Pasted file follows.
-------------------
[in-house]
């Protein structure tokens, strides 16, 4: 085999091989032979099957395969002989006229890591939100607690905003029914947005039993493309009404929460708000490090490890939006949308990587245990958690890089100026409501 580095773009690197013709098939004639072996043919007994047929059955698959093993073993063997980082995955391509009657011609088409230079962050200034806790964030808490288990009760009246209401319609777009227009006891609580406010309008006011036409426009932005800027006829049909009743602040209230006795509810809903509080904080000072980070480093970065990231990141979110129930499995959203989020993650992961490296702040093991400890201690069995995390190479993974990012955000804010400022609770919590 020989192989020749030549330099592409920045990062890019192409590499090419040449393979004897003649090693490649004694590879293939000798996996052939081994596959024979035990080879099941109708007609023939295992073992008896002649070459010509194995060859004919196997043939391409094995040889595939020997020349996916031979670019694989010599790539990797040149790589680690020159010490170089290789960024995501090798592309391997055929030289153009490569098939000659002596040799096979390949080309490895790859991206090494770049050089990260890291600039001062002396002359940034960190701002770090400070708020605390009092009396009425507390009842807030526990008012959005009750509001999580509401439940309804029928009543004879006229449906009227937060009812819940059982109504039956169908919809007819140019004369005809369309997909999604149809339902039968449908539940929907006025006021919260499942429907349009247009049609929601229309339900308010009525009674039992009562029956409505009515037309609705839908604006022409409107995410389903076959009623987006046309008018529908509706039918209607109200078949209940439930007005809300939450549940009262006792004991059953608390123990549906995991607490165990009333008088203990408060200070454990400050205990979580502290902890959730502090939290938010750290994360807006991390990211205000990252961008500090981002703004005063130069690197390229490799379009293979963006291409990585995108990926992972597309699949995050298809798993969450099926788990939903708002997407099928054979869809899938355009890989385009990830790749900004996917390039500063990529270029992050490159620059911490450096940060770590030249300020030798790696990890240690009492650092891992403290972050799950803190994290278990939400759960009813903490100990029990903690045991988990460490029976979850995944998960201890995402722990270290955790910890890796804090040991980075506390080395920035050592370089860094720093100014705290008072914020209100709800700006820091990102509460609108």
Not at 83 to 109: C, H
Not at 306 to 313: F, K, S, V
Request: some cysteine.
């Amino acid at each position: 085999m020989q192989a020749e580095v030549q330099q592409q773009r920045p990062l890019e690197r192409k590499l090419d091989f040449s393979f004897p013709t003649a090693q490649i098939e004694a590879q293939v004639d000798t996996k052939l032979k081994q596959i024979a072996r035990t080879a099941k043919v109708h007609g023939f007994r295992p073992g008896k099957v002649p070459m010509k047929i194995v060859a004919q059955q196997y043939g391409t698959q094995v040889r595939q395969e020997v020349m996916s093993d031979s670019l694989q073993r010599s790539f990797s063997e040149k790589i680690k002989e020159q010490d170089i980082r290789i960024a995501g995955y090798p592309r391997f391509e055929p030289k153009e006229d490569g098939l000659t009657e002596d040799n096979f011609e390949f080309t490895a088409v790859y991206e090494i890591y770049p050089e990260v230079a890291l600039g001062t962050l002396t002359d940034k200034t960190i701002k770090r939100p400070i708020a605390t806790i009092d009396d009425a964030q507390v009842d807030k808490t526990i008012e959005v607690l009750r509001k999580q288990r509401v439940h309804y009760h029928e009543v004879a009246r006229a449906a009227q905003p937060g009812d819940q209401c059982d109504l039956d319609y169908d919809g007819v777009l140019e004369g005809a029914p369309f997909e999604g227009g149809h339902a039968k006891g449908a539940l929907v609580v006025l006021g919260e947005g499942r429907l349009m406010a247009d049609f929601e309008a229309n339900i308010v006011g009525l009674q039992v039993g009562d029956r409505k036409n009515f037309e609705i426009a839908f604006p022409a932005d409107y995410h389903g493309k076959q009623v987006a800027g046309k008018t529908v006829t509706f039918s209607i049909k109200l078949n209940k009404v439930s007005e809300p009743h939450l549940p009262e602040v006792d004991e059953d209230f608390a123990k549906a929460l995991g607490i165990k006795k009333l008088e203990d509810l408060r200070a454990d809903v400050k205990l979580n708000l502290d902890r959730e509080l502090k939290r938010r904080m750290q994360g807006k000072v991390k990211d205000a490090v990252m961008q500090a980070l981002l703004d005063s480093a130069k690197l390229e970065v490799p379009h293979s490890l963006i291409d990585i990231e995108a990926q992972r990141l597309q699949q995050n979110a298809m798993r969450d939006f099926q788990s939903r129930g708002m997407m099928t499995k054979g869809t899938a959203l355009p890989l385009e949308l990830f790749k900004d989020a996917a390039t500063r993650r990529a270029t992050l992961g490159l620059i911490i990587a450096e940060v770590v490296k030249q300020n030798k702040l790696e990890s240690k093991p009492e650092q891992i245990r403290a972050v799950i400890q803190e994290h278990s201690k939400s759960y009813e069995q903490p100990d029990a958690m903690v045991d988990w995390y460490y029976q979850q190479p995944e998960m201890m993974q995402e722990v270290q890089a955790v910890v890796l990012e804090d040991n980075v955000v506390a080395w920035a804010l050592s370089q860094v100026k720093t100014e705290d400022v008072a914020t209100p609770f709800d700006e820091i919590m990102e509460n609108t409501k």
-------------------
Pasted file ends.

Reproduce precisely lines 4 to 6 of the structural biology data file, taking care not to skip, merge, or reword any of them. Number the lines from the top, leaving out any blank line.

Not at 306 to 313: F, K, S, V
Request: some cysteine.
């Amino acid at each position: 085999m020989q192989a020749e580095v030549q330099q592409q773009r920045p990062l890019e690197r192409k590499l090419d091989f040449s393979f004897p013709t003649a090693q490649i098939e004694a590879q293939v004639d000798t996996k052939l032979k081994q596959i024979a072996r035990t080879a099941k043919v109708h007609g023939f007994r295992p073992g008896k099957v002649p070459m010509k047929i194995v060859a004919q059955q196997y043939g391409t698959q094995v040889r595939q395969e020997v020349m996916s093993d031979s670019l694989q073993r010599s790539f990797s063997e040149k790589i680690k002989e020159q010490d170089i980082r290789i960024a995501g995955y090798p592309r391997f391509e055929p030289k153009e006229d490569g098939l000659t009657e002596d040799n096979f011609e390949f080309t490895a088409v790859y991206e090494i890591y770049p050089e990260v230079a890291l600039g001062t962050l002396t002359d940034k200034t960190i701002k770090r939100p400070i708020a605390t806790i009092d009396d009425a964030q507390v009842d807030k808490t526990i008012e959005v607690l009750r509001k999580q288990r509401v439940h309804y009760h029928e009543v004879a009246r006229a449906a009227q905003p937060g009812d819940q209401c059982d109504l039956d319609y169908d919809g007819v777009l140019e004369g005809a029914p369309f997909e999604g227009g149809h339902a039968k006891g449908a539940l929907v609580v006025l006021g919260e947005g499942r429907l349009m406010a247009d049609f929601e309008a229309n339900i308010v006011g009525l009674q039992v039993g009562d029956r409505k036409n009515f037309e609705i426009a839908f604006p022409a932005d409107y995410h389903g493309k076959q009623v987006a800027g046309k008018t529908v006829t509706f039918s209607i049909k109200l078949n209940k009404v439930s007005e809300p009743h939450l549940p009262e602040v006792d004991e059953d209230f608390a123990k549906a929460l995991g607490i165990k006795k009333l008088e203990d509810l408060r200070a454990d809903v400050k205990l979580n708000l502290d902890r959730e509080l502090k939290r938010r904080m750290q994360g807006k000072v991390k990211d205000a490090v990252m961008q500090a980070l981002l703004d005063s480093a130069k690197l390229e970065v490799p379009h293979s490890l963006i291409d990585i990231e995108a990926q992972r990141l597309q699949q995050n979110a298809m798993r969450d939006f099926q788990s939903r129930g708002m997407m099928t499995k054979g869809t899938a959203l355009p890989l385009e949308l990830f790749k900004d989020a996917a390039t500063r993650r990529a270029t992050l992961g490159l620059i911490i990587a450096e940060v770590v490296k030249q300020n030798k702040l790696e990890s240690k093991p009492e650092q891992i245990r403290a972050v799950i400890q803190e994290h278990s201690k939400s759960y009813e069995q903490p100990d029990a958690m903690v045991d988990w995390y460490y029976q979850q190479p995944e998960m201890m993974q995402e722990v270290q890089a955790v910890v890796l990012e804090d040991n980075v955000v506390a080395w920035a804010l050592s370089q860094v100026k720093t100014e705290d400022v008072a914020t209100p609770f709800d700006e820091i919590m990102e509460n609108t409501k």